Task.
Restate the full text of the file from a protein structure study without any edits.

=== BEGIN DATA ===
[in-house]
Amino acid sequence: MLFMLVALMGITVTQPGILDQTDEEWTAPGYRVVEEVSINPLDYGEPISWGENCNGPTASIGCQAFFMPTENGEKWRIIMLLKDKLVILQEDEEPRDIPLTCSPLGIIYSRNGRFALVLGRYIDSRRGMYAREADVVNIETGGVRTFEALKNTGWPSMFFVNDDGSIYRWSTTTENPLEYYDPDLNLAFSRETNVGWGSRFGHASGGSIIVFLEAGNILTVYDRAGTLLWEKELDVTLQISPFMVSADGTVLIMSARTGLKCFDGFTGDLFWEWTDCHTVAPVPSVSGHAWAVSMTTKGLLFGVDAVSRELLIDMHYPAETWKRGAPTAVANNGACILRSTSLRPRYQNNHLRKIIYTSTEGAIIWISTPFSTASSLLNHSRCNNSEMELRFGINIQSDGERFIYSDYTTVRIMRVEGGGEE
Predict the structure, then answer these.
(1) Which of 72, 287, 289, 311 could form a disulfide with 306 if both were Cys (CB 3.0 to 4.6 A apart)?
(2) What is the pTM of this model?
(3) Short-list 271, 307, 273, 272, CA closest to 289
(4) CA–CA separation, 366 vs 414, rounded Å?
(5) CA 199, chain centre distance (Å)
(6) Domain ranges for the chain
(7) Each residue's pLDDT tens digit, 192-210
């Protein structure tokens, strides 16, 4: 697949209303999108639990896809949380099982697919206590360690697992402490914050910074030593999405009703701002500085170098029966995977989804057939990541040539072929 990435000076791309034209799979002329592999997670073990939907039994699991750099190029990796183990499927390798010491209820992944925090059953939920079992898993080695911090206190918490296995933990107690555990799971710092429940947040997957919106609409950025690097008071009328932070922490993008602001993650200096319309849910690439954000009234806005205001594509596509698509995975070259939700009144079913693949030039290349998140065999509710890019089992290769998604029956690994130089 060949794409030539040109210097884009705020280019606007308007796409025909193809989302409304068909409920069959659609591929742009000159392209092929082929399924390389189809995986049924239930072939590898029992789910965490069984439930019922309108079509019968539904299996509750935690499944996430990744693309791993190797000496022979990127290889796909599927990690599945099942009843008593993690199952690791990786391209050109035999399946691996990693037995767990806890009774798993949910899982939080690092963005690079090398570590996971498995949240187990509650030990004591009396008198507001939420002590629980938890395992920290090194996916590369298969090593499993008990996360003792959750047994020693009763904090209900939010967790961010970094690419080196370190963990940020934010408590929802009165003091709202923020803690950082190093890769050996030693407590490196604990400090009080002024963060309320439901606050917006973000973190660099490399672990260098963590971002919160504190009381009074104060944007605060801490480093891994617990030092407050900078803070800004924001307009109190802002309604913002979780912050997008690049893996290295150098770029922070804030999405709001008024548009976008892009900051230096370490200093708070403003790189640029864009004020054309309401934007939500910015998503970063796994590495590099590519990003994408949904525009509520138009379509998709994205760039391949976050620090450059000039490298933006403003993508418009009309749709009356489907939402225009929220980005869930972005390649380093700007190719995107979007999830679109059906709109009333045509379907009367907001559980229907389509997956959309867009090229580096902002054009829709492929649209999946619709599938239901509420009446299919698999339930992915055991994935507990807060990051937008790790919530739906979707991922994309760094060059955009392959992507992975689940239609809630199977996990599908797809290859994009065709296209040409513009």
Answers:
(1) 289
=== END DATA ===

[in-house]
Amino acid sequence: MLFMLVALMGITVTQPGILDQTDEEWTAPGYRVVEEVSINPLDYGEPISWGENCNGPTASIGCQAFFMPTENGEKWRIIMLLKDKLVILQEDEEPRDIPLTCSPLGIIYSRNGRFALVLGRYIDSRRGMYAREADVVNIETGGVRTFEALKNTGWPSMFFVNDDGSIYRWSTTTENPLEYYDPDLNLAFSRETNVGWGSRFGHASGGSIIVFLEAGNILTVYDRAGTLLWEKELDVTLQISPFMVSADGTVLIMSARTGLKCFDGFTGDLFWEWTDCHTVAPVPSVSGHAWAVSMTTKGLLFGVDAVSRELLIDMHYPAETWKRGAPTAVANNGACILRSTSLRPRYQNNHLRKIIYTSTEGAIIWISTPFSTASSLLNHSRCNNSEMELRFGINIQSDGERFIYSDYTTVRIMRVEGGGEE
Predict the structure, then answer these.
(1) Which of 72, 287, 289, 311 could form a disulfide with 306 if both were Cys (CB 3.0 to 4.6 A apart)?
(2) What is the pTM of this model?
(3) Short-list 271, 307, 273, 272, CA closest to 289
(4) CA–CA separation, 366 vs 414, rounded Å?
(5) CA 199, chain centre distance (Å)
(6) Domain ranges for the chain
(7) Each residue's pLDDT tens digit, 192-210
């Protein structure tokens, strides 16, 4: 697949209303999108639990896809949380099982697919206590360690697992402490914050910074030593999405009703701002500085170098029966995977989804057939990541040539072929 990435000076791309034209799979002329592999997670073990939907039994699991750099190029990796183990499927390798010491209820992944925090059953939920079992898993080695911090206190918490296995933990107690555990799971710092429940947040997957919106609409950025690097008071009328932070922490993008602001993650200096319309849910690439954000009234806005205001594509596509698509995975070259939700009144079913693949030039290349998140065999509710890019089992290769998604029956690994130089 060949794409030539040109210097884009705020280019606007308007796409025909193809989302409304068909409920069959659609591929742009000159392209092929082929399924390389189809995986049924239930072939590898029992789910965490069984439930019922309108079509019968539904299996509750935690499944996430990744693309791993190797000496022979990127290889796909599927990690599945099942009843008593993690199952690791990786391209050109035999399946691996990693037995767990806890009774798993949910899982939080690092963005690079090398570590996971498995949240187990509650030990004591009396008198507001939420002590629980938890395992920290090194996916590369298969090593499993008990996360003792959750047994020693009763904090209900939010967790961010970094690419080196370190963990940020934010408590929802009165003091709202923020803690950082190093890769050996030693407590490196604990400090009080002024963060309320439901606050917006973000973190660099490399672990260098963590971002919160504190009381009074104060944007605060801490480093891994617990030092407050900078803070800004924001307009109190802002309604913002979780912050997008690049893996290295150098770029922070804030999405709001008024548009976008892009900051230096370490200093708070403003790189640029864009004020054309309401934007939500910015998503970063796994590495590099590519990003994408949904525009509520138009379509998709994205760039391949976050620090450059000039490298933006403003993508418009009309749709009356489907939402225009929220980005869930972005390649380093700007190719995107979007999830679109059906709109009333045509379907009367907001559980229907389509997956959309867009090229580096902002054009829709492929649209999946619709599938239901509420009446299919698999339930992915055991994935507990807060990051937008790790919530739906979707991922994309760094060059955009392959992507992975689940239609809630199977996990599908797809290859994009065709296209040409513009």
Answers:
(1) 289